💰How are the Investment Banks Doing?(Long Chapter 15s?)💰


On Sunday, we wrote about the stellar earnings reports from Evercore Inc. ($EVR) and Houlihan Lokey ($HLI). Are they outliers?


PJT Partners Inc. ($PJT) reported earnings this week and they, too, knocked it out of the park. The firm reported a 28% increase in revenues YOY ($167mm) and a 35% increase in advisory revenue ($133mm). These guys are killing it. Regarding the restructuring team, CEO Paul Taubman said:

Revenues grew significantly in the second quarter compared to the prior year and are ahead of last year’s levels for the six-month period. Our Restructuring business maintained its leadership position, ranking Number One in US and global completed restructurings for the first half of 2019. Our outlook for the full year remains essentially unchanged, notwithstanding near record low interest rates, historically low default rates and extremely benign credit conditions, we expect restructuring revenues for the full year to be flat to only modestly down. Despite this muted macro backdrop, we are working on an increased number of Restructuring mandates, which should serve us well entering 2020.

In addition to pounding his chest, Mr. Taubman provided some market commentary as well — particularly with respect to the notion that all of the “dry powder” in the market will impact M&A and distressed situations and Europe:


🏦How are the Investment Banks Doing? Part II.🏦

You didn’t think we’d just stop at Evercore and Greenhill, did you?

Moelis & Company ($MC) recently reported “disappointing” financial results reflecting a dramatic decline in M&A activity in Q1, which affected revenues significantly. Reported revenue was $138mm, down 37%. “This compares to the overall M&A market in which the number of global M&A completions greater than $100 million declined 18% during the same period. The decline in revenues was primarily driven by fewer transaction completions.” Restructuring activity “declined slightly.” MC guided towards softness in the first half of the year with a relatively stronger second half.

Some key takeaways:

  • Brexit and a number of shaky elections in Europe are having some effect on M&A activity in Europe.

  • Expected continued chill of cross-border M&A that involves China due to “underlying weariness” of “significant Chinese ownership of American companies.”

  • The melt down in late Q4 certainly affected M&A chatter in the C-suite as people are cautious about price volatility.

Asked what happens at MC if the M&A volume remains down, Moelis unabashedly indicated that costs would have to come out of the business, i.e., travel expense and headcount. That must’ve been a bit chilling for MC employees. Sheesh.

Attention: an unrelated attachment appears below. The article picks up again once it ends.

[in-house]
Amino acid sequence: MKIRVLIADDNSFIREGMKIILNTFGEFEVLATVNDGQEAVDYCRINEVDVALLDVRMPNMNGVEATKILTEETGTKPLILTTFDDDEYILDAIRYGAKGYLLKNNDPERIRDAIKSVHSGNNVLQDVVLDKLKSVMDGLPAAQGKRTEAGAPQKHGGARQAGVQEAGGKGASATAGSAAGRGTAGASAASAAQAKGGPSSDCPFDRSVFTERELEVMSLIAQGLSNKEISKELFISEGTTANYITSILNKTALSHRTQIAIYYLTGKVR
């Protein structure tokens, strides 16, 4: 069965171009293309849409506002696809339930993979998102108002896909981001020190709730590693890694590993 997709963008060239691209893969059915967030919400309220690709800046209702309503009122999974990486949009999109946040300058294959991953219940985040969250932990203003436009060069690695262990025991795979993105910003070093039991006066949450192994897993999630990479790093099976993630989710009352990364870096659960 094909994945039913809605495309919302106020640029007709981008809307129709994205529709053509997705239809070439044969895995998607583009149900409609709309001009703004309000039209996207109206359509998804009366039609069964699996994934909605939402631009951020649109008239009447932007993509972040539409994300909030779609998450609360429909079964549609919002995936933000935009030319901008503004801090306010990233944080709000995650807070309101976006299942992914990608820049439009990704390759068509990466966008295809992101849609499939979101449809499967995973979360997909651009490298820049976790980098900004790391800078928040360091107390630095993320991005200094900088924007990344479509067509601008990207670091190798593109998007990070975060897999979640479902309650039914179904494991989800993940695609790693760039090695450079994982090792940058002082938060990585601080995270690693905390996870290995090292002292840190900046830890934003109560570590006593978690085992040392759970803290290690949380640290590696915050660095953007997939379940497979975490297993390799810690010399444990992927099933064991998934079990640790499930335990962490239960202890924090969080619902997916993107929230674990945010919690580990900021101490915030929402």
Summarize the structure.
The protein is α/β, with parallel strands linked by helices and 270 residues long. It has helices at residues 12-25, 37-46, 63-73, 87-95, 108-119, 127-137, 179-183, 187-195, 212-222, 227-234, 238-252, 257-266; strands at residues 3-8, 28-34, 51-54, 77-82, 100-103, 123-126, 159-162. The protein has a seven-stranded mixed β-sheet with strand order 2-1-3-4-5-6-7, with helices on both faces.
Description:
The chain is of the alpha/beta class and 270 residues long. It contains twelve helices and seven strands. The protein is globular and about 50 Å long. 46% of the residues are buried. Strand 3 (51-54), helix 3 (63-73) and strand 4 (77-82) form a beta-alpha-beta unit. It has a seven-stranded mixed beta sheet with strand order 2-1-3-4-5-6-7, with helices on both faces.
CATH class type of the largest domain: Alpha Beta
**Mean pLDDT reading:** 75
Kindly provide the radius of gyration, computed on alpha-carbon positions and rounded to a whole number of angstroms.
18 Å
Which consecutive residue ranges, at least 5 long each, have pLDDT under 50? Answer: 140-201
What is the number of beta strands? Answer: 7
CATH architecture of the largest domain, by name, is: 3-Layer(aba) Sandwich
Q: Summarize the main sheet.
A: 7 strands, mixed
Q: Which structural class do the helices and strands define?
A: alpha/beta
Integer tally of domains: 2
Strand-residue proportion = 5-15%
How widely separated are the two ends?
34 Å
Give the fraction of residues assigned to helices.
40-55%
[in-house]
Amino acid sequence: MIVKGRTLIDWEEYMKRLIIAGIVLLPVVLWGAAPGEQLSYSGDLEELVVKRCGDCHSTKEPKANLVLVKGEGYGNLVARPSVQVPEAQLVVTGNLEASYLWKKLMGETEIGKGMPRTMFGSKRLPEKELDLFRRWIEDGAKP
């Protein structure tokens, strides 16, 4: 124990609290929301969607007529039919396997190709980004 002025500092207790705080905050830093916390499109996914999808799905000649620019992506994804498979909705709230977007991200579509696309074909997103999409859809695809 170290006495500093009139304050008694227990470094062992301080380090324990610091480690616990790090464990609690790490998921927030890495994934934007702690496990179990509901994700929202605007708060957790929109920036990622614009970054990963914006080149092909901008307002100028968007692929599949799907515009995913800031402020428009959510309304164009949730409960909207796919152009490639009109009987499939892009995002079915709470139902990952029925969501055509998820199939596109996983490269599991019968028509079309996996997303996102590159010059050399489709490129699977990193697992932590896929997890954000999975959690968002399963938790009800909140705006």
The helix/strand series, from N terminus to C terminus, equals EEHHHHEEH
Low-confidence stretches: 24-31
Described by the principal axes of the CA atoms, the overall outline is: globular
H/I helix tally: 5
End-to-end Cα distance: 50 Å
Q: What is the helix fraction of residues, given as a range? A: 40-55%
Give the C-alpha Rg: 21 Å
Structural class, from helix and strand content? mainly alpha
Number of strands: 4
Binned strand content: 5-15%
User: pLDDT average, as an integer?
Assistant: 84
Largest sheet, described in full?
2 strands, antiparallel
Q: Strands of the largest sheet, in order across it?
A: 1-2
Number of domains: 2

🏦How are the Investment Banks Doing? Part I.🏦


There was a barrage of earnings over the last two weeks and they can sometimes be a bellwether of things to come for the economy so we figured we’d dig in. Here’s what we learned…

Evercore Inc. ($EVR) was among the first investment banks to report Q1 ‘19 earnings back in late April (though the Q was only filed on May 2) and, man, they came out of the gate fast and furious on the earnings call with all kinds of braggadocious talk about being fourth highest in global advisory revenue in ‘18, and how they’re kicking a$$ and taking names in ‘19 already, etc. Only then, however, to say that YOY results were down. Hahaha. Totally buried the lede. Revenues were $419.8mm, down 10% YOY. Investment banking fees were down 14%. This despite 59 fees greater than $1mm, as compared to 53 in the year ago period.

Regarding, M&A volume and Europe:

…if you look at the M&A environment generally the dollar volume of announced transactions in the first quarter was down mid teens and the number of announced transactions globally was down in the high 20s. In Europe there was actually a little bit more pronounced. The interesting thing is if one looks at our backlogs they're not really consistent with the announced activities in the first quarter and to be completely blunt about is we expect this year could be a pretty good year. We certainly don't see anything in our dialogues with clients that suggests that it won't be.

Some EVR-specific highlights include (i) increased emphasis on “liability management” as a source of revenue generation and (ii) in turn, no increased emphasis on coverage of smaller cap companies (like certain competitor banks). EVR says that is not a focus: the focus is on bigger deals or deals with “high quality companies that may not be big.” In other words, they don’t want quals for quals sake. They want to get paid. And get paid well.

Specifically relating to restructuring, this is what EVR had to say:

…our advisory revenues last year were up in every category including restructuring notwithstanding the fact that default levels are at almost all time lows. So I think we've been able – we've added talent in the restructuring area. We think we are well positioned to capitalize on a pickup of activity when that inevitably happens. But other than relatively isolated sector activity like retail or like we saw in energy two or three years ago, there certainly is no broad scale pick up in distressed companies at this point in time.

No sh*t. Though it does seem like things have picked up a notch, no?


Greenhill & Co. Inc. ($GHL) reported only $51.2mm of revenue, down 42% on a “dearth of large completions and generally slower deal activity,” and a “decline in EU revenue” more than offsetting increases in other regions. Noticing a Euro-centric theme here?


⚡️Feedback re: Sycamore Partners & More⚡️

Another quarter is in the books and we here at PETITION continue to be flattered by the reception that you’ve given us. Thank you for your continued readership and support. If you’re not yet a Member, please consider joining our ever-growing community today. If you’re a student, email us for special student rates.